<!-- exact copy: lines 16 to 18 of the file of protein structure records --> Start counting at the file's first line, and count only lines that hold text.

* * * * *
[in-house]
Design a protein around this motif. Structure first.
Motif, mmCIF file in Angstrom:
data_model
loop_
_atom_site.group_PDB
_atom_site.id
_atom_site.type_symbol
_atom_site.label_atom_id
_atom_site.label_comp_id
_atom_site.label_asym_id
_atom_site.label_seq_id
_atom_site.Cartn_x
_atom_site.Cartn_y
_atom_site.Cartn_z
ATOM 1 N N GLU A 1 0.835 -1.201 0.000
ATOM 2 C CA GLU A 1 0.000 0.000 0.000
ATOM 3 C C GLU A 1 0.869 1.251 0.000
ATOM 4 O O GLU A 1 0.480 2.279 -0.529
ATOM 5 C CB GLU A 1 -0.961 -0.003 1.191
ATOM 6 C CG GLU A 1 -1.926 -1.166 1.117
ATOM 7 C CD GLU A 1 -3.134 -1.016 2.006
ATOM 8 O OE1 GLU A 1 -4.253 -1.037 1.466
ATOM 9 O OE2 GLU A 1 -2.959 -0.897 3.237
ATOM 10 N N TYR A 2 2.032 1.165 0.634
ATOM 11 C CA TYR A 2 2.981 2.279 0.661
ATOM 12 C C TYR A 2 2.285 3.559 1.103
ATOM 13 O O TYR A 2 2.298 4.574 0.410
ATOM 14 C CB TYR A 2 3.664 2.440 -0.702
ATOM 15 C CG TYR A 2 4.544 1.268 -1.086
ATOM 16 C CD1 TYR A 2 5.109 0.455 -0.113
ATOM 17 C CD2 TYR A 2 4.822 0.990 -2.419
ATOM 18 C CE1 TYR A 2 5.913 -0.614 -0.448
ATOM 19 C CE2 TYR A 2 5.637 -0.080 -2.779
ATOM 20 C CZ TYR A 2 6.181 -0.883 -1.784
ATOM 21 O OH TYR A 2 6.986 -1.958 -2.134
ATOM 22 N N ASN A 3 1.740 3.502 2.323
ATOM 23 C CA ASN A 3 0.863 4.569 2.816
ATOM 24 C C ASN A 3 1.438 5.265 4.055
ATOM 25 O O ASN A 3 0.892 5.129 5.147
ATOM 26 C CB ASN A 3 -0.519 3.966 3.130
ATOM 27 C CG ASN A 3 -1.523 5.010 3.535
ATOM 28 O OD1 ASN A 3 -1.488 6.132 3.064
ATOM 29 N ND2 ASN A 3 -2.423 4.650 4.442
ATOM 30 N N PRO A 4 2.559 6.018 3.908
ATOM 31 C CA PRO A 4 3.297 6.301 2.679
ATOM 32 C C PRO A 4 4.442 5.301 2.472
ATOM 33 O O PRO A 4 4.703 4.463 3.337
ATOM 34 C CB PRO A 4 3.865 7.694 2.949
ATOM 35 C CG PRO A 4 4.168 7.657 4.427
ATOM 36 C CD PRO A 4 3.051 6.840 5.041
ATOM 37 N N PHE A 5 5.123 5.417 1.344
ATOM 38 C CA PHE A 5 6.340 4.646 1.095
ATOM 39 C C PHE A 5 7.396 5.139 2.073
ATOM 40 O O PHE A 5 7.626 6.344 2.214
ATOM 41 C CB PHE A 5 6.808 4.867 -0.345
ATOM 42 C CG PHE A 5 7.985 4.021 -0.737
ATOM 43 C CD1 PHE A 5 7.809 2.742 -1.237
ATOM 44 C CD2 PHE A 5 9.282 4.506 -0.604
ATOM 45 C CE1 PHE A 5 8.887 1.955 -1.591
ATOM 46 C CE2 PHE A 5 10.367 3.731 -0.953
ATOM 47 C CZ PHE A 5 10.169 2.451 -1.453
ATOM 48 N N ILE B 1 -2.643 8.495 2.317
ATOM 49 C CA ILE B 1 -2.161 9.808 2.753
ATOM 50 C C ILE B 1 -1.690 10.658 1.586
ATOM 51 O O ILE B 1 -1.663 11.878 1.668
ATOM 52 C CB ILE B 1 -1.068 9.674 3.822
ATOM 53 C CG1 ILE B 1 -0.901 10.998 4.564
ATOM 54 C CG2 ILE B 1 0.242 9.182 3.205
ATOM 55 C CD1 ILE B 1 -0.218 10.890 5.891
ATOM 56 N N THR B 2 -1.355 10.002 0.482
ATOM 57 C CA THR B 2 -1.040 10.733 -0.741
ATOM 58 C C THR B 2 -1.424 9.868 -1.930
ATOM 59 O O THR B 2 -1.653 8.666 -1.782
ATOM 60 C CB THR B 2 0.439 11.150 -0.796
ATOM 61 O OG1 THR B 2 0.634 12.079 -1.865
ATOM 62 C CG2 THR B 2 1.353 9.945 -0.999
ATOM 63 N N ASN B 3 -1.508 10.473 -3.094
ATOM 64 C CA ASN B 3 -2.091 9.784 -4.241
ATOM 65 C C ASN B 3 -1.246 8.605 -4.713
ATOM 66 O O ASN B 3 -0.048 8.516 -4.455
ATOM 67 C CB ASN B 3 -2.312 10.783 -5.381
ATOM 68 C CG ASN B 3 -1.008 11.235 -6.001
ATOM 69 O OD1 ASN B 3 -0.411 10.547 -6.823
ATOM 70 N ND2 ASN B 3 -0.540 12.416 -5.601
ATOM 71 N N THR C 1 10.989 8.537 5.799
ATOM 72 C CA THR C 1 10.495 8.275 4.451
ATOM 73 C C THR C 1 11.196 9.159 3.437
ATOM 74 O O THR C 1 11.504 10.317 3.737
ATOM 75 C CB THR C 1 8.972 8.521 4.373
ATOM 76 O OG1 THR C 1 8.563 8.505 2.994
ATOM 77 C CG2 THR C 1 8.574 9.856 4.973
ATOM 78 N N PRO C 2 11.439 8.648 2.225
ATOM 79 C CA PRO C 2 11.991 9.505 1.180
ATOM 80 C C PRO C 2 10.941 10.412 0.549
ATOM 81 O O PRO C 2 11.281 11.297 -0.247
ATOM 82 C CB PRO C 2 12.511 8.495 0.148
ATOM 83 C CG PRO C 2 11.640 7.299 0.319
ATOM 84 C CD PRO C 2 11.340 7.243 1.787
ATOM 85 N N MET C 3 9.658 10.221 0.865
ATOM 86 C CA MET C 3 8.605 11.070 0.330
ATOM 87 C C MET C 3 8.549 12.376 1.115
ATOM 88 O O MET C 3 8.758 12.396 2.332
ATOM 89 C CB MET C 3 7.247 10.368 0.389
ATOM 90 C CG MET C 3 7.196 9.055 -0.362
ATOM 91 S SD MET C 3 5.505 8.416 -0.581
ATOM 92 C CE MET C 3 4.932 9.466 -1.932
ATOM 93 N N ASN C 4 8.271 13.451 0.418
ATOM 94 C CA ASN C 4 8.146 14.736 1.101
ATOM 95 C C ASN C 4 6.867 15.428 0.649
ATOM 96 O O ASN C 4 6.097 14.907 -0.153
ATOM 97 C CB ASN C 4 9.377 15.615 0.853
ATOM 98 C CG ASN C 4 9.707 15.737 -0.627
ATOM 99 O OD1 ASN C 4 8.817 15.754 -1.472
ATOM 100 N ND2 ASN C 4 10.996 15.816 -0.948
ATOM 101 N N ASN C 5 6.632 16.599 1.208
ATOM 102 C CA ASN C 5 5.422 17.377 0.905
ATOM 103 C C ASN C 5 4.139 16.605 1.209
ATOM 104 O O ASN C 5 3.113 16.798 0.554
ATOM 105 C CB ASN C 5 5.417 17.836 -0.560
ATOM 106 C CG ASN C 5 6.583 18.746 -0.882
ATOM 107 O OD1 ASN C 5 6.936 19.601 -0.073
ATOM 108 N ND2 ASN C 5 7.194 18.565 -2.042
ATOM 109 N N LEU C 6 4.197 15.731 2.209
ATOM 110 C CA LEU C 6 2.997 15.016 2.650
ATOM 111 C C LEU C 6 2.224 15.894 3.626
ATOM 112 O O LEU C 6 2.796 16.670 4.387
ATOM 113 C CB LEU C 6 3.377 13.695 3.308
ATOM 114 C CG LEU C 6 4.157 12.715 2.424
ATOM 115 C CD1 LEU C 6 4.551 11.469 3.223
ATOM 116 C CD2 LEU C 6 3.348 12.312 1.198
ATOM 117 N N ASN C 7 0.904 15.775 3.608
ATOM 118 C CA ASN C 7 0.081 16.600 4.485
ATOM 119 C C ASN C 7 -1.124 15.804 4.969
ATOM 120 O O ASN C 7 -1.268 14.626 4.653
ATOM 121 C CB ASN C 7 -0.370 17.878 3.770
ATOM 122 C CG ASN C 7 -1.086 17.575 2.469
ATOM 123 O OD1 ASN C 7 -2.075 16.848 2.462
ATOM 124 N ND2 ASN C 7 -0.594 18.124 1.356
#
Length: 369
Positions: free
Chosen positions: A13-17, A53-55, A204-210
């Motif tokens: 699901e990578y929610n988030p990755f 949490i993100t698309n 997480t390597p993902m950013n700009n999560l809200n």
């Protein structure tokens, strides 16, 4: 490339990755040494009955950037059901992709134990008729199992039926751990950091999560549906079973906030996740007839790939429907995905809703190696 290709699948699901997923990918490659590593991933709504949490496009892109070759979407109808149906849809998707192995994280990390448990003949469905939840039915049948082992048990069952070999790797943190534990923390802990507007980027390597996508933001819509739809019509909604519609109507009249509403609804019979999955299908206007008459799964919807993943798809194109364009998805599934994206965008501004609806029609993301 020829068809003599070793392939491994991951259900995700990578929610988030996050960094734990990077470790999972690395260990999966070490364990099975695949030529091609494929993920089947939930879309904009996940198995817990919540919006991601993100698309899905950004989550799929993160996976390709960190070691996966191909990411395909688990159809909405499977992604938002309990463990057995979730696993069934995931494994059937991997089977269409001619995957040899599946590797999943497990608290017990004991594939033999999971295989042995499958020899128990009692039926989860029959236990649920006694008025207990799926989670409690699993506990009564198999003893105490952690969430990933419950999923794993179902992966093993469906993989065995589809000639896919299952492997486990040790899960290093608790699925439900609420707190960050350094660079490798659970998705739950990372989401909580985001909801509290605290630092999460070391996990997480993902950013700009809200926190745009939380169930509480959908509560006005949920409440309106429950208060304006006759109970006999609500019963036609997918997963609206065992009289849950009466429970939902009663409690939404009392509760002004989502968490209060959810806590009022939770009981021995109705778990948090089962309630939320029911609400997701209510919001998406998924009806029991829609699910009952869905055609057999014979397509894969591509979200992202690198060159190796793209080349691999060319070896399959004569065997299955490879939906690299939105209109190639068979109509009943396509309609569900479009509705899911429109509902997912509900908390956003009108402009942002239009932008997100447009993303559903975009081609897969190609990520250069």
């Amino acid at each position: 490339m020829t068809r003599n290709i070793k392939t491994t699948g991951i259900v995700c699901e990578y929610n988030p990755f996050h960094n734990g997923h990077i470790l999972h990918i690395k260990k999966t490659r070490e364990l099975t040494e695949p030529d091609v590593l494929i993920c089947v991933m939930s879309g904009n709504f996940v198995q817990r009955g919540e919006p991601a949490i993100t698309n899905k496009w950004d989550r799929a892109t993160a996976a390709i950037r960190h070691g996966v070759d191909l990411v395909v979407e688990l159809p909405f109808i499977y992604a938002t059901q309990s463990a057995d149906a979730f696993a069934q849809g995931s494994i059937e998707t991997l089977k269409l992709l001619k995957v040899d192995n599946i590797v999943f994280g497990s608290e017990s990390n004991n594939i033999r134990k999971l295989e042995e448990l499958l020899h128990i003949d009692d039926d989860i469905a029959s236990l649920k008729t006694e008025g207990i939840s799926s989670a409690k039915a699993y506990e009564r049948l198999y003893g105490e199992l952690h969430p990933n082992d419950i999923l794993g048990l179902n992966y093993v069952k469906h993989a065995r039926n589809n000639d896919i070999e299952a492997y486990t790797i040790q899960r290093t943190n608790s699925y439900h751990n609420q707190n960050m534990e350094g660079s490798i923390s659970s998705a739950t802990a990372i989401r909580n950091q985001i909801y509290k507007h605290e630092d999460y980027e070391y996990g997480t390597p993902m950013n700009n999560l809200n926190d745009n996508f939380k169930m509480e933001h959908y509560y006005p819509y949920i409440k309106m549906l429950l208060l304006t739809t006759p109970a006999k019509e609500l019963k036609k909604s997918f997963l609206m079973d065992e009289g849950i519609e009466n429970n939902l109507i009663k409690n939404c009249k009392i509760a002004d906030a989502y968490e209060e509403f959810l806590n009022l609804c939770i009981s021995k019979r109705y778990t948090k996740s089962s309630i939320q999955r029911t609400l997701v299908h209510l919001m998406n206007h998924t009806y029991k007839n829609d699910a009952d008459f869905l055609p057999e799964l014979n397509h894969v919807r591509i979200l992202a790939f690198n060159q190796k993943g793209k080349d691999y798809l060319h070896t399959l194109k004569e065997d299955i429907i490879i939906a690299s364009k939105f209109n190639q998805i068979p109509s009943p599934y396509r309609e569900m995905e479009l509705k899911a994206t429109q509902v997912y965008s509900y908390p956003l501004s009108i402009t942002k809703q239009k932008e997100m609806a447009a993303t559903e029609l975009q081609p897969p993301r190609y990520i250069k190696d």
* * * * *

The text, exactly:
ATOM 1 N N GLU A 1 0.835 -1.201 0.000
ATOM 2 C CA GLU A 1 0.000 0.000 0.000
ATOM 3 C C GLU A 1 0.869 1.251 0.000